Until recently, state funds could not be used for prison education programs. Now, Governor Rick Scott has changed that by signing a bill allowing the Florida Department of Corrections to partner with colleges and local school districts to provide education to inmates under a program called Postsecondary Workforce Education (PWE). Florida inmates with 24 months or less on their sentence are eligible for the program.
With access to public schools, Florida Virtual School (FLVS), and some charter schools, the PWE program is extensive, offering everything from career certification programs and apprenticeships to degree programs.
Access to FLVS is an innovative option. Providing fully accredited courses in a personalized online learning environment, FLVS students can choose from more than 150 courses. All the core courses (English, math, science, physical education, and social studies) are available, as are electives, such as creative photography, journalism, personal and family finance, theater, cinema and film production, parenting skills, peer counselling and more.
Rep. Larry Ahern (R-Seminole) supports the new law. “One of the biggest challenges anyone has – and especially someone who’s been in the prison system–is finding a job. Especially at today’s skill level, minimum requirements are a high school diploma, which some of these men and women have not obtained.”
Lois M. Davis, a senior policy researcher and professor with Pardee RAND Graduate School, participated in an NPR (National Public Radio Inc.) interview about the power of prisoner education.
“When we think about the school-to-prison pipeline story—about the failure of the educational attainment for many of these individuals—when they get to prison it is a chance to address those deficits,” she said.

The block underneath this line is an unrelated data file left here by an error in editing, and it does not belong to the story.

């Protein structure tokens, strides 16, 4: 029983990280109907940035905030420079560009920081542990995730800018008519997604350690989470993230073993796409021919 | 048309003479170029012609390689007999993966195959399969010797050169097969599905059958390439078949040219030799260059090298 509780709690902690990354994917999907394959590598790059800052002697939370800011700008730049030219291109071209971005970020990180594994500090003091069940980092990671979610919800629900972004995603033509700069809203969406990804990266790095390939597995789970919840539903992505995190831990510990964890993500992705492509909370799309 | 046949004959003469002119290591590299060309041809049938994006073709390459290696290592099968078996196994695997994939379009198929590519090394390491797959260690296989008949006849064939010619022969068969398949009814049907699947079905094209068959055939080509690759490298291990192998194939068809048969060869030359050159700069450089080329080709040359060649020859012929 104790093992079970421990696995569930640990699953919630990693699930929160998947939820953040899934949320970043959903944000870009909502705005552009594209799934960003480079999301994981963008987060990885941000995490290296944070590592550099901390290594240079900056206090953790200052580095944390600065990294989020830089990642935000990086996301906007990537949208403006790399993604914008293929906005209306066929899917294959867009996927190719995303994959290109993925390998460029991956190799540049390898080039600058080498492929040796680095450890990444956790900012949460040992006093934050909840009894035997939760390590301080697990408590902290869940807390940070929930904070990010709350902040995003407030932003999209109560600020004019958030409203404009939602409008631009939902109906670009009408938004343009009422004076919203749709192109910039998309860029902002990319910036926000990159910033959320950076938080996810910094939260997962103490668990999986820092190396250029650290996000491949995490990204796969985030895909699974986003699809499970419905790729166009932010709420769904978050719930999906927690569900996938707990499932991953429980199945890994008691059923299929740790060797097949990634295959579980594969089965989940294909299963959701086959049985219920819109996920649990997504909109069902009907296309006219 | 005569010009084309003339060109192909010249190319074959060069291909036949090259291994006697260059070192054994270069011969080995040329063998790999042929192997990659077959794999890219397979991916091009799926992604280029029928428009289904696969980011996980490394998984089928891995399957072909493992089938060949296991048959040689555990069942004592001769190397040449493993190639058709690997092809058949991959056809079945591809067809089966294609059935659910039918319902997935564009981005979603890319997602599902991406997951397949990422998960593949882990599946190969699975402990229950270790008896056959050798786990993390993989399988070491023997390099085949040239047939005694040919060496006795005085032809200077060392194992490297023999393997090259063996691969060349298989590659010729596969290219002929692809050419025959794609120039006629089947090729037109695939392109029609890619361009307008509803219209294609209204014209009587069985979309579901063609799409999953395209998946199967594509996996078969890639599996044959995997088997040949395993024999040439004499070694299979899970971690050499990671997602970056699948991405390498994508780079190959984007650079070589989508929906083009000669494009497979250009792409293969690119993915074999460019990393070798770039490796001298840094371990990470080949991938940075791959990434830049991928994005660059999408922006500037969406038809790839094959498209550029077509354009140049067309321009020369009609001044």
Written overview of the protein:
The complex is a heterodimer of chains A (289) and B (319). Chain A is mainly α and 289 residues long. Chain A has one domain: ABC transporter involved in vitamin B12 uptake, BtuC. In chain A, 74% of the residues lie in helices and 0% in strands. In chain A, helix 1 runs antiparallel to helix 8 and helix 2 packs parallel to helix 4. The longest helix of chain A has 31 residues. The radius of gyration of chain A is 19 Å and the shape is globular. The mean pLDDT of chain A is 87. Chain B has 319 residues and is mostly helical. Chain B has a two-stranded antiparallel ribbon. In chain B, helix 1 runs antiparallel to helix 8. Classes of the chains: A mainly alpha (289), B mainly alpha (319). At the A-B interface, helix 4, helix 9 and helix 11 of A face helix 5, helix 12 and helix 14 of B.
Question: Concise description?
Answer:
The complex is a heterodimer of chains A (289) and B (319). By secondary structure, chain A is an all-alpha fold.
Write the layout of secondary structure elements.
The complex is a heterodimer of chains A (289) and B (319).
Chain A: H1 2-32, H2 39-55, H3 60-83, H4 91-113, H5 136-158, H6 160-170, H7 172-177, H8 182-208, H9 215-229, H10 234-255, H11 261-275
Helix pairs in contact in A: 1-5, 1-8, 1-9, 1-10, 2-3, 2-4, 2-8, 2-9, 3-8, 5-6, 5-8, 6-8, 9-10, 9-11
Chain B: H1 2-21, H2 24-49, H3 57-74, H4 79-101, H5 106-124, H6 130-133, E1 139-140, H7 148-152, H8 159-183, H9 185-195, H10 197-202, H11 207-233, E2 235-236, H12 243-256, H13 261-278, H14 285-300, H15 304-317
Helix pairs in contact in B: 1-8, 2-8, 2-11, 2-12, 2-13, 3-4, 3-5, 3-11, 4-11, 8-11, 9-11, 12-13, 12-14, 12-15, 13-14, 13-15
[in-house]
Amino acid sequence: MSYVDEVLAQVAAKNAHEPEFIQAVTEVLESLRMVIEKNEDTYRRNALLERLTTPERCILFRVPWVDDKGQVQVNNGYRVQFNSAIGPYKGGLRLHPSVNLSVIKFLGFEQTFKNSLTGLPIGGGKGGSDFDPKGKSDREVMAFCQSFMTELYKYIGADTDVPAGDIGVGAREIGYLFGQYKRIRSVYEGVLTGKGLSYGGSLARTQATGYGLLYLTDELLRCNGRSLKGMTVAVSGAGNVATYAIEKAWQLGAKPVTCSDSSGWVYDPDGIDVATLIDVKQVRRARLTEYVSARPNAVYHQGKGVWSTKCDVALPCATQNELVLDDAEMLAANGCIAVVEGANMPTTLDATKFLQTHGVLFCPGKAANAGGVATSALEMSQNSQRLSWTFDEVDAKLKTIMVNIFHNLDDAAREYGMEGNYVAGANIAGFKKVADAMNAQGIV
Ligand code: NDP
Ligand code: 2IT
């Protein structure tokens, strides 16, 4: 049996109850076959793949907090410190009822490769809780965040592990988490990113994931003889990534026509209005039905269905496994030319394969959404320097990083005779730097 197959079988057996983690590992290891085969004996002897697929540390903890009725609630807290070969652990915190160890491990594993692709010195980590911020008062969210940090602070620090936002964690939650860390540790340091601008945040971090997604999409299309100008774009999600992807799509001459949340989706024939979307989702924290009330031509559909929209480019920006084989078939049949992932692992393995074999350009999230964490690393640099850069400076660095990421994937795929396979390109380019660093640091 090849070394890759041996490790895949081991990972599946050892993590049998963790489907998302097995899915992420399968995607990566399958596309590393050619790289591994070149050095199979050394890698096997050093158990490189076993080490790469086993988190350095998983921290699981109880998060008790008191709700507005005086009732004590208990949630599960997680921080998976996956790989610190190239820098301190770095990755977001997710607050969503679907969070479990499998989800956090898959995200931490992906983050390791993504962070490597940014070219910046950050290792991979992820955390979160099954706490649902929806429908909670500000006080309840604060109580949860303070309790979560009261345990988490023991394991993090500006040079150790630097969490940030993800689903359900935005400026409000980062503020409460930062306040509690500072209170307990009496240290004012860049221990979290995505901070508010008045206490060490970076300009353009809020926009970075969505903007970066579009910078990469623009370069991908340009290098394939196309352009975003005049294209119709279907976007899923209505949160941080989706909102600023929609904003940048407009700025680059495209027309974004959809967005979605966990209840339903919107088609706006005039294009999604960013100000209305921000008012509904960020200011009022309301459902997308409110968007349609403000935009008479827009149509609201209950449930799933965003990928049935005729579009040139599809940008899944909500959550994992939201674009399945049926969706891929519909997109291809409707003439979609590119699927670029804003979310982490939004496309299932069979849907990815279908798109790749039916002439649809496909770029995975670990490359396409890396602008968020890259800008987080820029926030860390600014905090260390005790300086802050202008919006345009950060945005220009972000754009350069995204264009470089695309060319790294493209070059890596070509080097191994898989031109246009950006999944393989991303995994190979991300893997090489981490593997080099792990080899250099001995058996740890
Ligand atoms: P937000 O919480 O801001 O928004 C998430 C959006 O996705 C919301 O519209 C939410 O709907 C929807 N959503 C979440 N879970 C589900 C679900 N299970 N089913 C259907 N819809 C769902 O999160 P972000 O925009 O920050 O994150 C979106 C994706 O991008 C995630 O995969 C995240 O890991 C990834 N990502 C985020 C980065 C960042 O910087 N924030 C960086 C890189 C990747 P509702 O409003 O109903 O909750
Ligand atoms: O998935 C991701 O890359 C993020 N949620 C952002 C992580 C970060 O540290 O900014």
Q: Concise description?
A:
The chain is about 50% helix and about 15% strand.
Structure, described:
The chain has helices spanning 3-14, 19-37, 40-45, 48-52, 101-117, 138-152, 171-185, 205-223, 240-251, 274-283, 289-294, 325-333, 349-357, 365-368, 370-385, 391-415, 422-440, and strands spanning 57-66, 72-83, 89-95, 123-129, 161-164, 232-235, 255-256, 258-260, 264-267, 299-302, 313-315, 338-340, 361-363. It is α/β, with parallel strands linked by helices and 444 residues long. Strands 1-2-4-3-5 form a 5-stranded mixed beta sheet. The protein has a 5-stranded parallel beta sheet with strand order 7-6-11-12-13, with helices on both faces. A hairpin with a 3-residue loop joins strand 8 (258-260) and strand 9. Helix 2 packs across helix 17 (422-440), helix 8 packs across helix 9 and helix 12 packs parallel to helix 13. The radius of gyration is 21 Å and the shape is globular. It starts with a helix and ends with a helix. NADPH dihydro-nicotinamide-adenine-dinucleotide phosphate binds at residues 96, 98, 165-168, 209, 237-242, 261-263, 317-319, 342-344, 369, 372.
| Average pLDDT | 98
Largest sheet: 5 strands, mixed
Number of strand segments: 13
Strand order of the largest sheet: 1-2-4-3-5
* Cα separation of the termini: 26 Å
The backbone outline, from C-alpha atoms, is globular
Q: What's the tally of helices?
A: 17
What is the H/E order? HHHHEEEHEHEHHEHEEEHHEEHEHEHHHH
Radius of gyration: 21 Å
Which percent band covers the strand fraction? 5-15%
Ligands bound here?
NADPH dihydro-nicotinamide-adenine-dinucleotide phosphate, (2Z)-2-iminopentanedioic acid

Davis went on to note that after analyzing 30 years research, she and her team found a 13 per cent reduction of reincarceration for inmates that participated in any type of prison education program (adult education, GED, college courses, vocational training), and a 16 per cent reduction for inmates that took post-secondary training. She calls these numbers “substantial reductions.”
The benefits of prisoner education programs extend to communities too.
“Education is a relatively low-cost program you can provide to inmates. But, when you look simply at direct costs, we find that for every dollar invested in a prison education program will ultimately save taxpayers between $4 and $5 in reincarceration costs. That’s an enormous savings,” said Davis.
Any way you look at it, PWE simply makes sense. In fact, the new law allowing state funds for prisoner education is the type of effective common sense that will make a measurable difference in the lives of inmates, and the communities they join after release. PWE uses existing, proven channels of education to educate prisoners. It’s a solution that is simple and elegant in its design and execution–use something already working to solve an existing problem.
As Florida releases educated prisoners with the skills to hold down a job and take care of themselves, perhaps other states will take note, enact similar bills, and continue to make headway in the ongoing issue of prisoner education.
Christopher Zoukis is the author of Federal Prison Handbook: The Definitive Guide to Surviving the Federal Bureau of Prisons, (Middle Street Publishing, 2017), and College for Convicts: The Case for Higher Education in American Prisons (McFarland & Co., 2014). He regularly contributes to New York Daily News, Prison Legal News and Criminal Legal News. He can be found online at ChristopherZoukis.com, PrisonEducation.com and PrisonerResource.com.